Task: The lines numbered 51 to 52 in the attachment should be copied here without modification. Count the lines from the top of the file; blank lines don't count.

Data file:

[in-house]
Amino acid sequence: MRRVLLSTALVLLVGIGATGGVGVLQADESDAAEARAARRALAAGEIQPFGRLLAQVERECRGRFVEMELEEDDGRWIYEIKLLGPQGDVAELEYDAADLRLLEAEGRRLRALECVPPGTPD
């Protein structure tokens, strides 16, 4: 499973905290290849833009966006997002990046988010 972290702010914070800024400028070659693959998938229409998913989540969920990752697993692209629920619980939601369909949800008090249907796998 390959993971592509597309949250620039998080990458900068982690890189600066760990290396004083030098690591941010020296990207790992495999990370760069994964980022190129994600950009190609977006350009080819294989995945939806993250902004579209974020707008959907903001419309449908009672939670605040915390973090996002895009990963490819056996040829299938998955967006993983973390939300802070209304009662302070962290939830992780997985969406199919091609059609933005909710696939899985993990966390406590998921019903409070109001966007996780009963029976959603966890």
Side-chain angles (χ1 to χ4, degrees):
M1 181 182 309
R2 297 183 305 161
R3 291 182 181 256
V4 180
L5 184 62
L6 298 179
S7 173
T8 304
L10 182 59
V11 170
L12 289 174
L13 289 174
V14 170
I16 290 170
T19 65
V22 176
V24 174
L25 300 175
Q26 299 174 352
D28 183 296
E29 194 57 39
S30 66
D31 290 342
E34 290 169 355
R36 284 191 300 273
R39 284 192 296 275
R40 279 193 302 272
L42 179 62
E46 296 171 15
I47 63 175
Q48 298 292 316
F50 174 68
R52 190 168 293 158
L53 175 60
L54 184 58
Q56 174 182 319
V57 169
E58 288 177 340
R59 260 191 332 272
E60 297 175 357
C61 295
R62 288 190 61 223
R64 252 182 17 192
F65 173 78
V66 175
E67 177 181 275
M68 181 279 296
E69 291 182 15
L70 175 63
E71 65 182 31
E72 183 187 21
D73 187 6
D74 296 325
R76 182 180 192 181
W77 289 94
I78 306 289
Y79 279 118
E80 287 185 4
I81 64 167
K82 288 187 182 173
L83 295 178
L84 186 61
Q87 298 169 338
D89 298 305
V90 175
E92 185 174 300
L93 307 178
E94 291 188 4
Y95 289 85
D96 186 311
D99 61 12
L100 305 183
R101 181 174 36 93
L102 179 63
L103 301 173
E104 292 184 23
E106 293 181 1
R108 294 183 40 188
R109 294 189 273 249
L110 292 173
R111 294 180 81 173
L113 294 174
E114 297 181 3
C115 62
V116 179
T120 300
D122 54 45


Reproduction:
M68 181 279 296
E69 291 182 15